|Date of Birth||March 27, 1888|
|Place of Birth||Lanark, Ontario|
|Next of Kin||O Montgomery, father, 1 Cathedral Avenue, Winnipeg, Manitoba|
|Trade / Calling||Customs Officer|
|Religion||Church of England|
|Service Record||Link to Service Record|
|Force||Canadian Expeditionary Force|
|Branch||Canadian Garrison Artillery|
|Enlisted / Conscripted||Enlisted|
|Place of Enlistment||Winnipeg, Manitoba|
|Address at Enlistment||1 Cathedral Avenue, Winnipeg, Manitoba|
|Date of Enlistment||June 1, 1917|
|Age at Enlistment||29|
|Theatre of Service||Europe|
|Prisoner of War||No|
|Date of Death||January 11, 1964|
|Age at Death||76|
|Buried At||St John's Cathedral Cemetery, Winnipeg, Manitoba|
With a family of eight children, five of the Montgomery sons were to enlist during the war.
The Montgomery family had its roots in Lanark County in Ontario. Oswald Montgomery Sr, the son of a farmer and local justice of the peace, was born in 1857 in the township of Drummond. On 11 June 1884, in the nearby township of Bathurst where she was born in 1859, he married Elspeth Rutherford Spalding. After the marriage the couple were to farm in the Drummond area, giving birth to sons Roy Spalding in 1885, Oswald Francis in 1886, and Clyde McIlquhan likely in 1888. By the time of the birth of their next son, Thomas Rothwell, the family had moved to Glenborough in South Cypress in Manitoba where Oswald Sr was a hotel keeper. By 1892 and the birth of son William Earl, the family was living in Rat Portage (later renamed Kenora) in northwestern Ontario, Oswald once again working as a hotel keeper. A short time later they relocated to Winnipeg where Oswald Sr’s brother Thomas was living and the two brothers went on to own and operate the Winnipeg Hotel on the west side of Main Street. The facility featured a restaurant and bar on the main floor and 60 beds on the upper two floors. In 1901 the brothers enlarged the property by buying the former Dominion Hotel next door. The property was further enlarged in 1903 when they acquired a 100-foot frontage on Fort Street behind their building. On 10 March 1904, the Montgomerys sold the hotel to Maurice Nokes for about $125 000 and they began construction of the Queen’s Hotel at the intersection of Portage Avenue and Notre Dame Avenue which they eventually renovated into the Montgomery Block. Children born to the family in Winnipeg were Samuel Clifford (1894), Allan Ross (1896), and Elsie Kathleen (1898).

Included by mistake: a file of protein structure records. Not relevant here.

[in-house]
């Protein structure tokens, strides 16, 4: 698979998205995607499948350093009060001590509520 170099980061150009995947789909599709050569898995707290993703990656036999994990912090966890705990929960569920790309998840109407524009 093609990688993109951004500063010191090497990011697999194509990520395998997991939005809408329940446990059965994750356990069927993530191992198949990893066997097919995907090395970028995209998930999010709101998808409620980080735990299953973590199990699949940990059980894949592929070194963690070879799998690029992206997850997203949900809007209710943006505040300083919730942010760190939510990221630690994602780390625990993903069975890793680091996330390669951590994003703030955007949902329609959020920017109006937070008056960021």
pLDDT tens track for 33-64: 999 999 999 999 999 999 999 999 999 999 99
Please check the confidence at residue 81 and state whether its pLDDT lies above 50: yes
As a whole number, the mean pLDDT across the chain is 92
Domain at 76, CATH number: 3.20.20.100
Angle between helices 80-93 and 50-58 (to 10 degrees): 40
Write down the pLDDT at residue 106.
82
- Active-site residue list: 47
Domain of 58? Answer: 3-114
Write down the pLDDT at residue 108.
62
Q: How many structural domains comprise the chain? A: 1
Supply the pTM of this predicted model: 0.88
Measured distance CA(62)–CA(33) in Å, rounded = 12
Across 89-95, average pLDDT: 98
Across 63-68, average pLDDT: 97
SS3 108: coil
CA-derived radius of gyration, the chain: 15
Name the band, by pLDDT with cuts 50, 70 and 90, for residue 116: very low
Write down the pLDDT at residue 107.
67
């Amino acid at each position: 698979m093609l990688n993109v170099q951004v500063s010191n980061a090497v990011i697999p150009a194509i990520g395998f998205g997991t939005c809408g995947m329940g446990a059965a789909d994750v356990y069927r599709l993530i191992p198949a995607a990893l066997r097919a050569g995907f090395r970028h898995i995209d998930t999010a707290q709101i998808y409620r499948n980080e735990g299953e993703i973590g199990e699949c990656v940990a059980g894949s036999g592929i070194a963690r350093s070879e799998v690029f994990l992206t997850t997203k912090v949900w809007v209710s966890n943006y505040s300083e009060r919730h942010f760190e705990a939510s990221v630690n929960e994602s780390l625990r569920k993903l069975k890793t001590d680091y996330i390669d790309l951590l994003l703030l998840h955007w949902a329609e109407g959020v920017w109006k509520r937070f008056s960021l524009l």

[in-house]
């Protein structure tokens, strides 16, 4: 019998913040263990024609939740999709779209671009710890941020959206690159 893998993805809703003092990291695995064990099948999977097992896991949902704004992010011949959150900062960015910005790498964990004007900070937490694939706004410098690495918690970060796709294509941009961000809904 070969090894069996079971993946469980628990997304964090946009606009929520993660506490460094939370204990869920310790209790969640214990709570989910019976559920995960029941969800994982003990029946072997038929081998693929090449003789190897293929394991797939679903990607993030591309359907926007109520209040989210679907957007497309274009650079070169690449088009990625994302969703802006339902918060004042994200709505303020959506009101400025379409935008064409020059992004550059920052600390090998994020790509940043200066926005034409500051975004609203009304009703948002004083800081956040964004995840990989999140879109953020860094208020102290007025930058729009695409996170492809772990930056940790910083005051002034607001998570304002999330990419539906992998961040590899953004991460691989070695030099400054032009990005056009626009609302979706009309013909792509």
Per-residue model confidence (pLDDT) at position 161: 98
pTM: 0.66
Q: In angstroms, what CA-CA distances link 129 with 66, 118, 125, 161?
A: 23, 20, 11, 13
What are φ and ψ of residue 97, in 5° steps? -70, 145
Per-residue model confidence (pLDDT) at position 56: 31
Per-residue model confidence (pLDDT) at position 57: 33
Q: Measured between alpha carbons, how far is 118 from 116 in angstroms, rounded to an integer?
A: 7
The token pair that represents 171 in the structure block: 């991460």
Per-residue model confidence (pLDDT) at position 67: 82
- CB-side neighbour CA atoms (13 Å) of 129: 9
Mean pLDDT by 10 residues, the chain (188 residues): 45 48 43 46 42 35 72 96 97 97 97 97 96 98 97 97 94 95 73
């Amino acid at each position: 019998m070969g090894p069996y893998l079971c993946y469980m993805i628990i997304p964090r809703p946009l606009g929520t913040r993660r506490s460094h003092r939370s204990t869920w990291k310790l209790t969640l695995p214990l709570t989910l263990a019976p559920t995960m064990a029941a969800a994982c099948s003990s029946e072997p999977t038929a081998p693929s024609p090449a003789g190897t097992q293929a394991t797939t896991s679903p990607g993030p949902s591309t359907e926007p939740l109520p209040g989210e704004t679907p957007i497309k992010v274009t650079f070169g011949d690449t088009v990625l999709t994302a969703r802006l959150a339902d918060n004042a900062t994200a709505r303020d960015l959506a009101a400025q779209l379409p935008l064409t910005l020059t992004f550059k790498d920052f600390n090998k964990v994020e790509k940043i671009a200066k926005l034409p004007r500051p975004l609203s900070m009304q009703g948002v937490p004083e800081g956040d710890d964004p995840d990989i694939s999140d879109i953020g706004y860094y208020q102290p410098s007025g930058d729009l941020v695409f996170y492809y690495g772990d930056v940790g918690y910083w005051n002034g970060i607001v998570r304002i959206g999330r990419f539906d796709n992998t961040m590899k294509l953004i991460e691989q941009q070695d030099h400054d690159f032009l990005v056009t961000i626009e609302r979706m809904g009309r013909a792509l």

Clyde signed his attestation papers in Winnipeg on 1 June 1917 in Winnipeg. His date and place of birth was given as 27 March 1889 in Kenora, Ontario. A birth record was not found for Clyde, with his funeral home record giving the year and place of birth as 1887 in Lanark and his gravemarker as 1888. His occupation was given as Customs Officer and his next of kin as his father Oswald in Winnipeg.